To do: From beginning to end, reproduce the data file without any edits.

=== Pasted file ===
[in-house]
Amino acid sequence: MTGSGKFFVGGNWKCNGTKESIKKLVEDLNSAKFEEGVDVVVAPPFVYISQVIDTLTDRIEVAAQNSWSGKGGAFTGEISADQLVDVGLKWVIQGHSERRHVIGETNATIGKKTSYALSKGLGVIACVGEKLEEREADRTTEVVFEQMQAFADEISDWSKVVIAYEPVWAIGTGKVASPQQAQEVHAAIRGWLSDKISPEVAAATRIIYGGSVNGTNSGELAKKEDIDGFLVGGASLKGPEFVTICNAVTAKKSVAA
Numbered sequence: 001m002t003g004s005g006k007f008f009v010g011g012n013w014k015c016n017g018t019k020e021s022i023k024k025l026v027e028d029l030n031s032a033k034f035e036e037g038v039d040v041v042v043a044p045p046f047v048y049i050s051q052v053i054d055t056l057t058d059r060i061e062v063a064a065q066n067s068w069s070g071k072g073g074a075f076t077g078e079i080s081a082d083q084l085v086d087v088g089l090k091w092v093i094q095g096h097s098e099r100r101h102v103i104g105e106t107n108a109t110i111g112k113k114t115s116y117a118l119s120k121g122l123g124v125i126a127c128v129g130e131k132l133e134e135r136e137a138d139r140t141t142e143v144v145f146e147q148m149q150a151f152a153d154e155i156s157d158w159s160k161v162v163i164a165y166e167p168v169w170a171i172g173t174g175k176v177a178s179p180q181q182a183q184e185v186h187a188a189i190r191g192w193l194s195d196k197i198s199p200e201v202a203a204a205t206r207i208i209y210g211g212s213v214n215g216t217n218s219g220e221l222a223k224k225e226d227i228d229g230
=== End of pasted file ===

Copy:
[in-house]
Amino acid sequence: MTGSGKFFVGGNWKCNGTKESIKKLVEDLNSAKFEEGVDVVVAPPFVYISQVIDTLTDRIEVAAQNSWSGKGGAFTGEISADQLVDVGLKWVIQGHSERRHVIGETNATIGKKTSYALSKGLGVIACVGEKLEEREADRTTEVVFEQMQAFADEISDWSKVVIAYEPVWAIGTGKVASPQQAQEVHAAIRGWLSDKISPEVAAATRIIYGGSVNGTNSGELAKKEDIDGFLVGGASLKGPEFVTICNAVTAKKSVAA
Numbered sequence: 001m002t003g004s005g006k007f008f009v010g011g012n013w014k015c016n017g018t019k020e021s022i023k024k025l026v027e028d029l030n031s032a033k034f035e036e037g038v039d040v041v042v043a044p045p046f047v048y049i050s051q052v053i054d055t056l057t058d059r060i061e062v063a064a065q066n067s068w069s070g071k072g073g074a075f076t077g078e079i080s081a082d083q084l085v086d087v088g089l090k091w092v093i094q095g096h097s098e099r100r101h102v103i104g105e106t107n108a109t110i111g112k113k114t115s116y117a118l119s120k121g122l123g124v125i126a127c128v129g130e131k132l133e134e135r136e137a138d139r140t141t142e143v144v145f146e147q148m149q150a151f152a153d154e155i156s157d158w159s160k161v162v163i164a165y166e167p168v169w170a171i172g173t174g175k176v177a178s179p180q181q182a183q184e185v186h187a188a189i190r191g192w193l194s195d196k197i198s199p200e201v202a203a204a205t206r207i208i209y210g211g212s213v214n215g216t217n218s219g220e221l222a223k224k225e226d227i228d229g230